Bits: Bromides, Tasered for Graffiti, Herzog's PSA

• Miami Beach police tasered to death 18-year-old artist and graffiti writer Israel Hernández-Llach early Tuesday morning. His crime: writing an R -- that's as far as he got in writing his tag, "Reefa" -- on the side of a shuttered McDonalds. “The officers were forced to use the Taser to avoid a physical incident," said the chief of police.

Werner Herzog takes the dreaded driver-safety PSA into new territory with From One Minute to the Next, a new 35-minute documentary, which offers an unflinching and distinctly Herzogian cautionary tale about texting while driving. He forgoes the genre's usual scare tactics, instead opting for humane portraiture of both victims and perpetrators. It's every bit as engrossing as Grizzly Man or Into the Abyss, making the haunting case that any one of us could find ourselves an unintended killer for checking the iPhone one more time.

Edward Winkelman posted this remarkable story on Facebook: a Russian man, displeased by the terms of an unsolicited credit card offer he received in the mail, scanned and modified the agreement -- to include terms like a 0% APR and no fees -- and mailed a signed copy back. The back approved a card, apparently without reading the fine print. Long story short, it's now two years later and he's suing the back for $727,000 for breach of contract.

Read more here: http://www.miamiherald.com/2013/08/07/v-fullstory/3548779/graffiti-artist-dies-after-tasering.html#storylink=cpy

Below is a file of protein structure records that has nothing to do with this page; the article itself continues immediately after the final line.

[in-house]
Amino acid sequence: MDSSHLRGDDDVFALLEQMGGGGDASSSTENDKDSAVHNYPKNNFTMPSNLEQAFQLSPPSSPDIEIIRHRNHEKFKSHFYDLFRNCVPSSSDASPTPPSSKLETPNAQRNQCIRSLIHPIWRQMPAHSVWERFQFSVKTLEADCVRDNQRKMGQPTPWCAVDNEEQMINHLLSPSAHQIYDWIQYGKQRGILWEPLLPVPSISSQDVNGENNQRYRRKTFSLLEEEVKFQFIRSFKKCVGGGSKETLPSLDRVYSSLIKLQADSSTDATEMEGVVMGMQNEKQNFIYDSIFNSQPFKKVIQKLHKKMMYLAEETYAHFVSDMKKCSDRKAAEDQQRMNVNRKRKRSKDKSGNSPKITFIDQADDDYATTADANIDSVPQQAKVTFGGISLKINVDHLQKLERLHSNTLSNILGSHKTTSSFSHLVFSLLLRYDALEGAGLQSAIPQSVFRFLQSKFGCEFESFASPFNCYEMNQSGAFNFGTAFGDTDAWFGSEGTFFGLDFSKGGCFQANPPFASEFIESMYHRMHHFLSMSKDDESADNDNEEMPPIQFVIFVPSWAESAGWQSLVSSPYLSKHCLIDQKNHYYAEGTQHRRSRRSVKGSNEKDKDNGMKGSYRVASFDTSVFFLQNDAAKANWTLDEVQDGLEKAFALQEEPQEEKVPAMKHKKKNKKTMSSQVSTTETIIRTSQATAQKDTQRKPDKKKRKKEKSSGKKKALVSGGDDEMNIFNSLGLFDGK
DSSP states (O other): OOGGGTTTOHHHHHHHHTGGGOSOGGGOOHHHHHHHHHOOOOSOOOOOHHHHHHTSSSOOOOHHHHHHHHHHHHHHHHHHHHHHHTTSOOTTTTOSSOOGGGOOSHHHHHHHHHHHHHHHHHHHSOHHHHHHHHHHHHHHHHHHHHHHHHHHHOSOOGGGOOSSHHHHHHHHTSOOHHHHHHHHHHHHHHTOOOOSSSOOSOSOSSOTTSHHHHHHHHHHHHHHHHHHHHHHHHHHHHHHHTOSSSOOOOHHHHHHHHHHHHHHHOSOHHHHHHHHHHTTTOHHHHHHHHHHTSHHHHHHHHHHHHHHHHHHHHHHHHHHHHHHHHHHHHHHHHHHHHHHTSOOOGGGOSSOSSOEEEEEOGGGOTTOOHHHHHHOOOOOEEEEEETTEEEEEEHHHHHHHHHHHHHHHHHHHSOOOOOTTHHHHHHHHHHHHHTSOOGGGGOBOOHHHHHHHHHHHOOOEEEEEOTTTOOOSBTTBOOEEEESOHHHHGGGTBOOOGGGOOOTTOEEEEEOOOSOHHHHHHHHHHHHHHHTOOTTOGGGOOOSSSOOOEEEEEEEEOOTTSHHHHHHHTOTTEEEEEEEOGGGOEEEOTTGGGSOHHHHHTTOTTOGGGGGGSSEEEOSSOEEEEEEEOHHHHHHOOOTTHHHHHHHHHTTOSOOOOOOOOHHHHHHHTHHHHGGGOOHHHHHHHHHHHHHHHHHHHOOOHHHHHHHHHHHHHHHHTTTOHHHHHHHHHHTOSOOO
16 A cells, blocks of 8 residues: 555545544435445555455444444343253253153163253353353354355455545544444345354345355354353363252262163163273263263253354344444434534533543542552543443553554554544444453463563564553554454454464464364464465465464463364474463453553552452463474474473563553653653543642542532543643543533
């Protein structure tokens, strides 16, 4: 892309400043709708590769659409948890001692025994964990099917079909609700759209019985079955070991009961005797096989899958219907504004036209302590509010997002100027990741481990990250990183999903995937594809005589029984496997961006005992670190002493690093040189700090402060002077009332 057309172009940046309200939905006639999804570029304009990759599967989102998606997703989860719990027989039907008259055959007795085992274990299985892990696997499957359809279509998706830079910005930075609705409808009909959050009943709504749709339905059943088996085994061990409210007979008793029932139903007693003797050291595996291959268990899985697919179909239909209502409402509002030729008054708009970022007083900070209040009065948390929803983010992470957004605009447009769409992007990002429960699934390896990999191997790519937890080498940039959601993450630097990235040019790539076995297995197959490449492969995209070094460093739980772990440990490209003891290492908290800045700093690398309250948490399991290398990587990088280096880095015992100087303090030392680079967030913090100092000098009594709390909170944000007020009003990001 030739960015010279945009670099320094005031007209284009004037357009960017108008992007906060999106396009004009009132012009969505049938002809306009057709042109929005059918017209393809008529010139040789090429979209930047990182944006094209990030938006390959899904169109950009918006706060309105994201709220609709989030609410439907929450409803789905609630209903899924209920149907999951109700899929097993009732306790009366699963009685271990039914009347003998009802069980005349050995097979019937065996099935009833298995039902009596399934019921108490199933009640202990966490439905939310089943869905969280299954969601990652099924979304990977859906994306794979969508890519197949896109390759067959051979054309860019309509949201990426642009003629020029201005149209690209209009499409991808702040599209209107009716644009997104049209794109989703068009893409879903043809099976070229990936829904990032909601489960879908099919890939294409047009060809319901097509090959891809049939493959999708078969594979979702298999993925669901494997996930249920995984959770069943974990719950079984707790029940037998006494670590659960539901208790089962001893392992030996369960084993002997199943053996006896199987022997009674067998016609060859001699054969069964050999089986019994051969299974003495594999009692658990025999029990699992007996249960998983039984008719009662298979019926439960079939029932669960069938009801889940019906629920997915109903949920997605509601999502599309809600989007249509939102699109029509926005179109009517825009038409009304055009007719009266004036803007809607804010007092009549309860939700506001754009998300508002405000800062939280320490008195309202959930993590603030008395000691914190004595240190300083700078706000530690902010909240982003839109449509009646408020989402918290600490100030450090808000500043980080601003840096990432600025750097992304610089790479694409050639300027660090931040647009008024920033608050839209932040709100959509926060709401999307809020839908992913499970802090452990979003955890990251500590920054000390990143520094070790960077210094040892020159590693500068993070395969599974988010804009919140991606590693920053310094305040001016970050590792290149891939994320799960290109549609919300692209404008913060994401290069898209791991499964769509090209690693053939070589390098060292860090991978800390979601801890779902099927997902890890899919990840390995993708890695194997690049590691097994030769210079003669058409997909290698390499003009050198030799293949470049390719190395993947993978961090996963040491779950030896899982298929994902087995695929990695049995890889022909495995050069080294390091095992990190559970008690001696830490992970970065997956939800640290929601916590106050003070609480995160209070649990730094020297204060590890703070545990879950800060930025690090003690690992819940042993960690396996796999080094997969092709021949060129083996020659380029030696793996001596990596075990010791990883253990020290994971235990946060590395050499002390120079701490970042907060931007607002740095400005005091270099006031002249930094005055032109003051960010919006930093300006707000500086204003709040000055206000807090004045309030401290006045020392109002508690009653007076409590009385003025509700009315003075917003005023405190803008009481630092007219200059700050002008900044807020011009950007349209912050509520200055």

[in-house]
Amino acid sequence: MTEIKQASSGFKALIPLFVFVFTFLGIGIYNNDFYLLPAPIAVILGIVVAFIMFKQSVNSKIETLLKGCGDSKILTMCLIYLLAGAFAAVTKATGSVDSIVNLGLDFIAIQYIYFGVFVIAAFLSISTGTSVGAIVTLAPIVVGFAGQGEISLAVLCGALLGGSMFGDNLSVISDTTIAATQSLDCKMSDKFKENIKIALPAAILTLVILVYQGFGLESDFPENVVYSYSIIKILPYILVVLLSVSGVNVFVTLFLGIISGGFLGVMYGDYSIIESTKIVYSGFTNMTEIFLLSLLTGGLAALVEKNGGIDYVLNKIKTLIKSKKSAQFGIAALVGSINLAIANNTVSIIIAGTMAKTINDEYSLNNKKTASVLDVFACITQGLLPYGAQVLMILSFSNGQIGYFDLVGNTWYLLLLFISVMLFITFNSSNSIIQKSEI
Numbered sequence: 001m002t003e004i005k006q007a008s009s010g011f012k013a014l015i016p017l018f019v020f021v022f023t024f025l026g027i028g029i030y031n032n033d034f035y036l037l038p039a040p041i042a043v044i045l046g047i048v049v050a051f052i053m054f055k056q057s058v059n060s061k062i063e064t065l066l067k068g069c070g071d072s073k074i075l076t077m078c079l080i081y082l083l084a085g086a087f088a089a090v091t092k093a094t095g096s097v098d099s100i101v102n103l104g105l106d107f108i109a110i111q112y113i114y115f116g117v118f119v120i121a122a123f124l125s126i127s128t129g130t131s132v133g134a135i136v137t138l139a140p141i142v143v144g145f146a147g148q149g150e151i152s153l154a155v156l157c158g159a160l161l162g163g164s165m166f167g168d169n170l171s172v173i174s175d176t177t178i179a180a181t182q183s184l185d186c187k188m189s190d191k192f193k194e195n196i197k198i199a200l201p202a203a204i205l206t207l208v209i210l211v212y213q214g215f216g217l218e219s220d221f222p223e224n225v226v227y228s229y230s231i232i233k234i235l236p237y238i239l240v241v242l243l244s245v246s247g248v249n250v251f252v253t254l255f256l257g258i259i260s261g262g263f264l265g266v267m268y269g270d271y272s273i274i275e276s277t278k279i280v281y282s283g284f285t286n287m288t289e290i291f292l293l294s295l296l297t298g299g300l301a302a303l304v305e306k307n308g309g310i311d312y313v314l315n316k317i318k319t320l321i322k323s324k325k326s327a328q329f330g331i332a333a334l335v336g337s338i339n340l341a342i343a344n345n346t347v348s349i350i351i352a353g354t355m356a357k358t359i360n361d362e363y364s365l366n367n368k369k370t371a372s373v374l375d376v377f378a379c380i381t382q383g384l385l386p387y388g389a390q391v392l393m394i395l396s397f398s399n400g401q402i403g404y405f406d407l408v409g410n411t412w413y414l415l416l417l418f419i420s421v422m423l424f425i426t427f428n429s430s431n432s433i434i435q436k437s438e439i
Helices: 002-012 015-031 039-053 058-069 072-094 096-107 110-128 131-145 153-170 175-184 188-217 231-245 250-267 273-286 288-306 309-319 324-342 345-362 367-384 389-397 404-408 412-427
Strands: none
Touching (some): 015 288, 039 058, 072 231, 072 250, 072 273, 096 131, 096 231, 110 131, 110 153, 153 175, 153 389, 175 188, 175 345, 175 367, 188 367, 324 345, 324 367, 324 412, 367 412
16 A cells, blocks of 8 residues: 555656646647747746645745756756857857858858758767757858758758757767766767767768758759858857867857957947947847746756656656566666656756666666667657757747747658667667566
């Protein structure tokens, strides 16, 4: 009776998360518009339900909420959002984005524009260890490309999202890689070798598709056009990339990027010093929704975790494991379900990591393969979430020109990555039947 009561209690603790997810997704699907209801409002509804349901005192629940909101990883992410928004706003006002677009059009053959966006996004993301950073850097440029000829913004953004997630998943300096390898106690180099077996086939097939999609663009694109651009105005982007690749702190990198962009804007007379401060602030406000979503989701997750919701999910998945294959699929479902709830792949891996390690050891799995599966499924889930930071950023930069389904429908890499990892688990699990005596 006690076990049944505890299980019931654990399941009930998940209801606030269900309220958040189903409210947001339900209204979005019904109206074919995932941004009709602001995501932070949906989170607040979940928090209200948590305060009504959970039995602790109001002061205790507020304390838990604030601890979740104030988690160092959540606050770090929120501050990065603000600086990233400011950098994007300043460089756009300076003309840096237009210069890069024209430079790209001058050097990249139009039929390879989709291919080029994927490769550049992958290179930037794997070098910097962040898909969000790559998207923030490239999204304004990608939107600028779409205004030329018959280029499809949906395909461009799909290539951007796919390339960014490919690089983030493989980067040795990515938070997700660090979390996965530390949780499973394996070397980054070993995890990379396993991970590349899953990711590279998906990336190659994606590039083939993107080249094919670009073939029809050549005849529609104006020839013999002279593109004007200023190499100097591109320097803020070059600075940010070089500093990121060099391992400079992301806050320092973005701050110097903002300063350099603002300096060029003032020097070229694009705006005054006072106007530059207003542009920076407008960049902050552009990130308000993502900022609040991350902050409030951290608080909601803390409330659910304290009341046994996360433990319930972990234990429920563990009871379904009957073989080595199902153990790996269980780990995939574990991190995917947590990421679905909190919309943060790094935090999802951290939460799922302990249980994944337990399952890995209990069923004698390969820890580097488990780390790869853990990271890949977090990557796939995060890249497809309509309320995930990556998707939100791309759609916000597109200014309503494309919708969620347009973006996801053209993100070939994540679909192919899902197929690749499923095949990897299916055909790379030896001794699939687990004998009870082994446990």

• PJ Harvey's new single "Shaker Aemer" -- available as a free download -- draws attention to the plight of the last British resident in Guantánamo: Held without charge or trial and cleared of any wrongdoing in 2007, Aamer has been locked up for 11 years. The song recounts the 46-year-old's four-month hunger strike and forced feedings.

• Of its Jay Z/Taylor Swift "Picasso Baby" mashup, Pop Culture Pirate writes, "I love that both artists use their status as outsiders to connect with audiences despite being very much ‘insiders.' I think that dichotomy resonates with the art world attendees as well."

• Painter Rich Barlow tells MN Daily about his "Daily Bromides," a series of  watercolor postcards he sends out anonymously -- one a day for a month to a random recipient -- depicting William Henry Fox Talbot's Reflected Trees, one of the first photographs ever made.

• Apparently, today is go-armed-to-Starbucks day.

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